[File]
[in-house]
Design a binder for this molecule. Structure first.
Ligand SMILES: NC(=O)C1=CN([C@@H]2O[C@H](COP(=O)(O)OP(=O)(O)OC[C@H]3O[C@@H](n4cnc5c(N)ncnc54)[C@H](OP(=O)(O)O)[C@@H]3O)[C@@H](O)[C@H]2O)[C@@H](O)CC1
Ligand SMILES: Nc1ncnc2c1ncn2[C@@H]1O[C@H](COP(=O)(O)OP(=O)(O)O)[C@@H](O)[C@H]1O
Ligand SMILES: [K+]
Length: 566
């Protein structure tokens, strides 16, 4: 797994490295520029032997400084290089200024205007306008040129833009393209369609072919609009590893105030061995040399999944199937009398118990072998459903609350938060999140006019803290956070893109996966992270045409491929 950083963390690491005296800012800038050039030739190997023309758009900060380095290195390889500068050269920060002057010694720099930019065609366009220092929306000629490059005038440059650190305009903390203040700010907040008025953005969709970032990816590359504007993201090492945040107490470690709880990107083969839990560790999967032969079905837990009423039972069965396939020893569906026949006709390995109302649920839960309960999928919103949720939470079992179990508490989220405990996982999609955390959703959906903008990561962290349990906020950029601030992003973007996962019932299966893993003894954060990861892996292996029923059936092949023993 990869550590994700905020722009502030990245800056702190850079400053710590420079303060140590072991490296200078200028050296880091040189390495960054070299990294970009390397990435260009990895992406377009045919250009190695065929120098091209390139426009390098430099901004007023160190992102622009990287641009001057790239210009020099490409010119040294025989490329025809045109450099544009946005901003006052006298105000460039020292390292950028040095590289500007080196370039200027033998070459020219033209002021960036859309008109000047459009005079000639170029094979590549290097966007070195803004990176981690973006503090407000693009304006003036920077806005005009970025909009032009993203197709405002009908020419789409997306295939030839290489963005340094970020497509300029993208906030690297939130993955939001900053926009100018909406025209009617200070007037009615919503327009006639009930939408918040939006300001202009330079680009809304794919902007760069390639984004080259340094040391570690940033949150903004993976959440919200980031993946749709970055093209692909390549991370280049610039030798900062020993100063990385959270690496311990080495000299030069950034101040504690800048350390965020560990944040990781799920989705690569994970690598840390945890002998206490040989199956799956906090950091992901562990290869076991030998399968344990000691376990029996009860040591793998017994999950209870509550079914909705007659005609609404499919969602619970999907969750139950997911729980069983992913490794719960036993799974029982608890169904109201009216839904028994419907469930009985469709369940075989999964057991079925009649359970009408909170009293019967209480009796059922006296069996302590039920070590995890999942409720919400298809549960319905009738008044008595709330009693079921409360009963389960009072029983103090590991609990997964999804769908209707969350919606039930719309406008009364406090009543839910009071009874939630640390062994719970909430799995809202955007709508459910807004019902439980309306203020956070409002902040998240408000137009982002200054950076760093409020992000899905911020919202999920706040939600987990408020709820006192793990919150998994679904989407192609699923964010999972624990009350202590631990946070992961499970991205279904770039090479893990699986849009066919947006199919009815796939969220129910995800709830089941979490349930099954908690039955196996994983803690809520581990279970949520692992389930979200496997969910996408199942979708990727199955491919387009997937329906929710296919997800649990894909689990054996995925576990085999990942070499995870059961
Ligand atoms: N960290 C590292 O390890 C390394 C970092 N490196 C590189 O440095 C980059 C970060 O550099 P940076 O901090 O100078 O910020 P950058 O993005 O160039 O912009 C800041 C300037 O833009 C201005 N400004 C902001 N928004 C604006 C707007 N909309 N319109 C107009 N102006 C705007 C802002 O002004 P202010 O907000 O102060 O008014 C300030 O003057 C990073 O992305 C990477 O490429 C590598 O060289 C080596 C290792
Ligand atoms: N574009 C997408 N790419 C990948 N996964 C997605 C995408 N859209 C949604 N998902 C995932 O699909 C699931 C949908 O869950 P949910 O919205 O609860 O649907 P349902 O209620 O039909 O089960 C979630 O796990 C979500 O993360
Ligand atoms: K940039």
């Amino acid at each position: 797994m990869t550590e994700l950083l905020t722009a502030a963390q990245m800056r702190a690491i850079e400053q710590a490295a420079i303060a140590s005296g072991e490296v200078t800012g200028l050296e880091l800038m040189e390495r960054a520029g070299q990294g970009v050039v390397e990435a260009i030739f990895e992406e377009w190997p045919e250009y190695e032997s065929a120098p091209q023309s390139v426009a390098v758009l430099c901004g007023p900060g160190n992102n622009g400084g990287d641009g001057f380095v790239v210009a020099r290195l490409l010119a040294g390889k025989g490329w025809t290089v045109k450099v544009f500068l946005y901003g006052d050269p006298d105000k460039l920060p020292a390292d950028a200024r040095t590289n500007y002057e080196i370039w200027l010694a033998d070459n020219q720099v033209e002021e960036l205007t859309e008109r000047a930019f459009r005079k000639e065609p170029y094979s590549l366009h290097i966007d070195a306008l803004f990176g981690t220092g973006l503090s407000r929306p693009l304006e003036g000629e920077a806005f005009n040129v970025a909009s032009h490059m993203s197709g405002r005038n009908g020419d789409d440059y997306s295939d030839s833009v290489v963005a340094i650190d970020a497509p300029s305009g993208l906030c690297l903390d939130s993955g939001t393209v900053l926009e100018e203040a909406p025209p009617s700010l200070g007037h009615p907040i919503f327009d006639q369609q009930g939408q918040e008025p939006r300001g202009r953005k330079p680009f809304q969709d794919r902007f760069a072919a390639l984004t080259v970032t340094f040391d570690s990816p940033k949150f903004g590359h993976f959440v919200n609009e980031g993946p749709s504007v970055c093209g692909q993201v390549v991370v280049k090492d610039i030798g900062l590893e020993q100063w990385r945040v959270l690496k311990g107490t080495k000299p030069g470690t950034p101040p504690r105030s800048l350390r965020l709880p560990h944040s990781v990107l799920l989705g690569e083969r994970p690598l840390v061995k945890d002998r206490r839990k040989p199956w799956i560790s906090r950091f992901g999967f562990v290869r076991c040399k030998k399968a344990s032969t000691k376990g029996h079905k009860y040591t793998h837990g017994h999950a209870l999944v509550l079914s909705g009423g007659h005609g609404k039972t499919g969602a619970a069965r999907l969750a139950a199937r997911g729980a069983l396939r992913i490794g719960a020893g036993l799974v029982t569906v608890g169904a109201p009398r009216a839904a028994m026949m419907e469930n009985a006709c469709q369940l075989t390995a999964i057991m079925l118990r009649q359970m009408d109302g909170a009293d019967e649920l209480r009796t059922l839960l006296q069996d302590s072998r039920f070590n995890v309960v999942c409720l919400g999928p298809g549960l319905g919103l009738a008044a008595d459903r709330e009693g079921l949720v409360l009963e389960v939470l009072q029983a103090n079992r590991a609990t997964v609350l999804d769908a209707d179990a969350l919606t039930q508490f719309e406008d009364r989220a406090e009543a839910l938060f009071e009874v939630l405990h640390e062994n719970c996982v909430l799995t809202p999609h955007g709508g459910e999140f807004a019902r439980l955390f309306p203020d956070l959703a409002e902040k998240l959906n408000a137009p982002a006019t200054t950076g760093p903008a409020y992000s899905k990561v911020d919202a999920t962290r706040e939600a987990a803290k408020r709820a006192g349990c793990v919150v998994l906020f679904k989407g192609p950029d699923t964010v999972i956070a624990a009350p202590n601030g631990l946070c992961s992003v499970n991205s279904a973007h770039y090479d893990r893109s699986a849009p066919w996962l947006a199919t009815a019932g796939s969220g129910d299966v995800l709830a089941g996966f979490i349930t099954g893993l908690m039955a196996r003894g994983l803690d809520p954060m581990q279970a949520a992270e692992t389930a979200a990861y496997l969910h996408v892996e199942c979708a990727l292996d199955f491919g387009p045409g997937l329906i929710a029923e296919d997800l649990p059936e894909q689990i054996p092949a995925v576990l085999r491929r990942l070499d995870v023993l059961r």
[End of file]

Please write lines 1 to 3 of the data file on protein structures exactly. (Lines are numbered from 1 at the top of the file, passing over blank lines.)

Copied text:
[in-house]
Design a binder for this molecule. Structure first.
Ligand SMILES: NC(=O)C1=CN([C@@H]2O[C@H](COP(=O)(O)OP(=O)(O)OC[C@H]3O[C@@H](n4cnc5c(N)ncnc54)[C@H](OP(=O)(O)O)[C@@H]3O)[C@@H](O)[C@H]2O)[C@@H](O)CC1